Japanese comments on 2channel are positive, but some comments criticize that only the abstract artstyle,visuals and direction leave a positive impression, not the manga story itself.
    http://forums.animesuki.com/showpost.php?p=4972550&postcount=265

    Story descriptions I hear have ranged from ‘bland and repetitive’ to ‘the manga is only continuing because of funny faces manga author Naoshi Komi draws’.

    • Sumairii says:

      Yes, the reception for the source material has been lukewarm at best. One other argument I’ve seen against Shaft picking up Nisekoi is that it’s “a waste of their talent.” To that, I point us to White Fox doing SoniAni this season.

      So far they’ve done an admirable job making that more than just an abysmal failure (though it’s still pretty sad), which is impressive considering they literally have nothing to go on due to Sonico’s origin as purely a Nitro+ mascot. But if White Fox can make do with such mediocre material, surely Shaft can do the same with Nisekoi.

    • Jrow says:

      I’ve read all 105 chapters in the past month or so because I was interested when the adaptation was first announced. The first 20-some chapters are fun (meet characters, hijinx, etc.), but after that, I gotta think that the majority of the chapters are just the same damn thing. It also doesn’t help that some chapters here-and-there just read like worthless filler.

      It’s a little bit like How I Met Your Mother in that there is an element or two of the series to enjoy, but really people are thinking, “let’s hurry up and meet this f’n mother already!” I have no intentions of ever dropping Nisekoi, but it is kind of like that for me.

  2. MR.KLAC says:

    well yea give series so went feel going whole case story of he said vs she said route on raku & chitoge.

    give raku make chitoge go donkey kong barrel attack yet two have to date for 3yrs yea odd couple alert.

  3. JPNIgor says:

    Wish I hadn’t seen that ending. I can see it all just by seeing those two keys. Girl 1 go open the lock and the key won’t fit… =o “WE WERE WRONG!”. Hope it isn’t like this, not because it’s bad, but to have a reason to be surprised.

    Anyway, love the Monogatari-esque animation and light dynamics. I’m not really sure if what I will tell is true, but I guess the style used in Nisekoi can’t really be called shaft’s style. I would say that they have two styles, the one used in Hidamari Sketch and Madoka Magica, and the other that started in the Monogatari Series, so in my mind, I can’t help but think about how it reminds Monogatari.

    Can’t wait for the next episodes. Things are going to hell \o/

  4. HannoX says:

    A decent first episode that I feel did what it had to do. The forced fake couple in order to prevent two yakuza families from a war seems like it could add an interesting element to the high school rom/com story. I hope they play up the yakuza angle because I think that could add considerably to the comedy. But we’ll have to give it some more episodes to see how it goes.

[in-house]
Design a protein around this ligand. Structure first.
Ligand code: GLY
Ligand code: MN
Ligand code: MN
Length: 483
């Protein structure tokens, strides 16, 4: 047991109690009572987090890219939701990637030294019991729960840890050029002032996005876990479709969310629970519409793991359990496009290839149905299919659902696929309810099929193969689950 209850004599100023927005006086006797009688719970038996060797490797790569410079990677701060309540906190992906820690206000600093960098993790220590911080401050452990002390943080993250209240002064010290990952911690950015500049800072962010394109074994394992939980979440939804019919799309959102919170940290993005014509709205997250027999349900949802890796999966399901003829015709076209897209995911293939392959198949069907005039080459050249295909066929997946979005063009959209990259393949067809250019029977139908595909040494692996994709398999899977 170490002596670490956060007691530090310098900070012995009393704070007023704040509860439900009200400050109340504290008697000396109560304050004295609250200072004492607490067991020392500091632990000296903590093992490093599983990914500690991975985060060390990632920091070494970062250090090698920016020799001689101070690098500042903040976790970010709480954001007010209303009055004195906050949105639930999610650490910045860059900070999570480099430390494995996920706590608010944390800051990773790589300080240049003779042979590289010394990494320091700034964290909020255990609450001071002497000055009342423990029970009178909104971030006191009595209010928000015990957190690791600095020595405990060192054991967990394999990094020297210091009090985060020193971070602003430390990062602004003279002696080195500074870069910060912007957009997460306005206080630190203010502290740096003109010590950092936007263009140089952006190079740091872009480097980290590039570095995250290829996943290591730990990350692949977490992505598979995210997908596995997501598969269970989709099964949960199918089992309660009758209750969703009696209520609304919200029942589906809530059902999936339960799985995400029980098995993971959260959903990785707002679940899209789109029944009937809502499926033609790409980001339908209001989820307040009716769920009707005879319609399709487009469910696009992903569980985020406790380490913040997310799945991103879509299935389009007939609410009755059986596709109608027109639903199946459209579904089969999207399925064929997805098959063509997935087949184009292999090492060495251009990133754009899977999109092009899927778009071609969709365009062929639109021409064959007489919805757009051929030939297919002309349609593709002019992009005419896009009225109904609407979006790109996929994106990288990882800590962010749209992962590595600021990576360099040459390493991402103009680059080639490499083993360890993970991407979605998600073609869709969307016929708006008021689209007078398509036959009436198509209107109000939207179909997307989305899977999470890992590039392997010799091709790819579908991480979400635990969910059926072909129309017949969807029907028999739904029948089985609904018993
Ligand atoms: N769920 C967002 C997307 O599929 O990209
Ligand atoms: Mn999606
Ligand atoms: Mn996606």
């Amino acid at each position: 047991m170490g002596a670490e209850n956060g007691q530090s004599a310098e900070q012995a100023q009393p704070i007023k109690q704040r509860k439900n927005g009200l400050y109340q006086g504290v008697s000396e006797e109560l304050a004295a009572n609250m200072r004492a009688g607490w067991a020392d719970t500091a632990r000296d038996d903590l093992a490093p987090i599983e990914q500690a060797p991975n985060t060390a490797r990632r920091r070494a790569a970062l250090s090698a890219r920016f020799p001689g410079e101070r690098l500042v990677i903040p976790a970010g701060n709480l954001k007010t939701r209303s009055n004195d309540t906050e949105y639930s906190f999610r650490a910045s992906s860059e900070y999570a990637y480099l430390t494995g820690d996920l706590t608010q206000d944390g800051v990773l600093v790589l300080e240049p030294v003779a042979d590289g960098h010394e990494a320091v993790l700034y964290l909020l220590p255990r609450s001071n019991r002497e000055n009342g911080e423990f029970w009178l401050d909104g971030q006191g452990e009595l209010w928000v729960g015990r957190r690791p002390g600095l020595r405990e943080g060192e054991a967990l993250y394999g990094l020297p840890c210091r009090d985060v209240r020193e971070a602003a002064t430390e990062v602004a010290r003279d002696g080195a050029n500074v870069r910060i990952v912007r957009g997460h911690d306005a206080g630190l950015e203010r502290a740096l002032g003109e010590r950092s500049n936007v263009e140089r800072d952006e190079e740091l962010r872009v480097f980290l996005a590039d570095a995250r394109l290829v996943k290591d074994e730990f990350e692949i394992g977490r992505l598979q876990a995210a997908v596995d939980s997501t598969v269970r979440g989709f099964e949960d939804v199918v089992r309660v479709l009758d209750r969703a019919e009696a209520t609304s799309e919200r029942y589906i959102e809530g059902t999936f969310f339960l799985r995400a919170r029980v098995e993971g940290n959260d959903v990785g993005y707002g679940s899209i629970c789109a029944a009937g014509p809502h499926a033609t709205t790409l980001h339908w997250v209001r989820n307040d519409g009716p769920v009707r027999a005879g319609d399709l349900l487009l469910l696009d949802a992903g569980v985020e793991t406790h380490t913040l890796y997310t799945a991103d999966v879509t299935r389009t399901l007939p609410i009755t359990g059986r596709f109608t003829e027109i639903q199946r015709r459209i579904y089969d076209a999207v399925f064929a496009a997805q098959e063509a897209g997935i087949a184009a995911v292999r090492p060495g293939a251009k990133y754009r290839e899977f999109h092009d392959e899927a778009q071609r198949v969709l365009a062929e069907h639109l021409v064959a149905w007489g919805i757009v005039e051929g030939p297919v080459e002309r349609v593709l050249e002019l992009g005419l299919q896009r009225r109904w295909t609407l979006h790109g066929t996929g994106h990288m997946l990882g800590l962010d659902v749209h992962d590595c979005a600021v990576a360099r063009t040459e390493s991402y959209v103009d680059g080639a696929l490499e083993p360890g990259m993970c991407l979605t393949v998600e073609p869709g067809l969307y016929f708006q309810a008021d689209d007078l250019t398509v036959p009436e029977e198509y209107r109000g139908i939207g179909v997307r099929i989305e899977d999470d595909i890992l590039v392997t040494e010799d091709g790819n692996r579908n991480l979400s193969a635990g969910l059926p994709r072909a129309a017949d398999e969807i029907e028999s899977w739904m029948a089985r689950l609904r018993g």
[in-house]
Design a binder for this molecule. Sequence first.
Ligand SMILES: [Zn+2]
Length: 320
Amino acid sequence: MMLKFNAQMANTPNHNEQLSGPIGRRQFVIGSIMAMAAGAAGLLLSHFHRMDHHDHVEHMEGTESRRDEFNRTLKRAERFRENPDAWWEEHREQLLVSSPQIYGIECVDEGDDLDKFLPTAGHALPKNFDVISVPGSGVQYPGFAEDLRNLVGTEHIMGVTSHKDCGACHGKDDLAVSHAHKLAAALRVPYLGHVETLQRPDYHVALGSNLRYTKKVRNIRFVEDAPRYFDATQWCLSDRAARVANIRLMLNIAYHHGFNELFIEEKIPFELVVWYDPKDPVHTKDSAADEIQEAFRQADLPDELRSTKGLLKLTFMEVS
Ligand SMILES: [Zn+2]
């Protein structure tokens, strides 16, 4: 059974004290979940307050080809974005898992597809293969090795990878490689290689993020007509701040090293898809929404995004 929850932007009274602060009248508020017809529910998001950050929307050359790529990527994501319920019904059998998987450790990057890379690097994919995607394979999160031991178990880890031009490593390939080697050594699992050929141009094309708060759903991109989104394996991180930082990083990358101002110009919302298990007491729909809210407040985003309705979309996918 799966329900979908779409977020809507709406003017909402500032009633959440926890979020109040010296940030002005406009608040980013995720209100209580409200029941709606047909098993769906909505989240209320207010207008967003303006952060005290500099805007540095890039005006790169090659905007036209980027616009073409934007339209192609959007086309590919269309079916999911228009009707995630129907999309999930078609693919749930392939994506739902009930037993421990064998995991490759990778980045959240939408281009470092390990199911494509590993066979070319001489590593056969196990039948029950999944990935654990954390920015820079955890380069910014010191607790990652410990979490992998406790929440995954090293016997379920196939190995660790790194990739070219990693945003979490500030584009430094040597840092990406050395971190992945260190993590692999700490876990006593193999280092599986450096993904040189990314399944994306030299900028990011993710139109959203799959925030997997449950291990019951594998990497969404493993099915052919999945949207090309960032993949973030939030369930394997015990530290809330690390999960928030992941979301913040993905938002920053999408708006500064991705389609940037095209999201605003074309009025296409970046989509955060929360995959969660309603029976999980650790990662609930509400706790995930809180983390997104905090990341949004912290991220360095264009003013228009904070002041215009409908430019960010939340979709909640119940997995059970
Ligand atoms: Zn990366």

• Sumairii says:

      The one-shot that Nisekoi stems from is actually all about the yakuza part of the story. I can’t say the same for the future of the manga and anime though as I’m not reading ahead.

      I do find it interesting to note that from the one-shot, Naoshi Komi has sort of split the main heroine (her name was also Chitoge) into the two characters of Chitoge and Onodera. Chitoge retains the “rival gang heiress” role and Onodera might potentially retain the “childhood promise” role assuming she is in fact the mystery crush.

  5. BlackBriar says:

    This was alright. I can tell it’ll be an intense love/hate relationship between Raku and Chitoge though I’m sure she’s the one he made the promise to and is surprised he still aimed to keep it after all these years.

    • Highway says:

      I liked the first episode, but to be honest, I’m not sure if I’m interested in a more jokey Kimi no Iru Machi-style exercise in futility. I know that it’s not really trendy to go against the source material, but this is the kind of series that really needs to end with a resolution, not endless romantic blue-balls for everyone involved.

  6. skylion says:

    I read the first few chapters and lost some interest last year, when this was announced. I was willing to give it a chance.

    Overall, I think SHAFT makes it better. But, as HWY, states above, we need resolution.

    But we all know, we gonna get blue ball.

  7. Rathje says:

    It’s a rule. The girl who drops out of the sky on your face is always – ALWAYS – the one you’re supposed to end up with.

  8. Rathje says:

    I thought the animation from Shaft was really good…

    It just felt out of place for this kind of a story.

    This sort of thing works for something that’s supposed to be symbolic or subtle in some way – like Bakemonogatari or something along the lines of Sayonara Zetsubou Sensei. In edgy kind of stories like that, all the odd camera angles, creative animation quirks, and unexpected pans work nicely.

    But here, it was kind of off-putting.

    Niseikoi isn’t a profound show. It’s a bog-standard rom com/harem hijinks show. It doesn’t have a deep plot. Unless you consider stuff like “oh, she has a cute side to her after all” and “he can be surprisingly reliable sometimes” to be “deep.”

    I just saying – seriously guys – this isn’t a deep show. And it really shouldn’t be animated like it is one. It’s jarring and disorienting more than cool or stimulating.

  9. elior1 says:

    if they will do a original ending for nisekoi anime with who is the real promise girl then i will be happy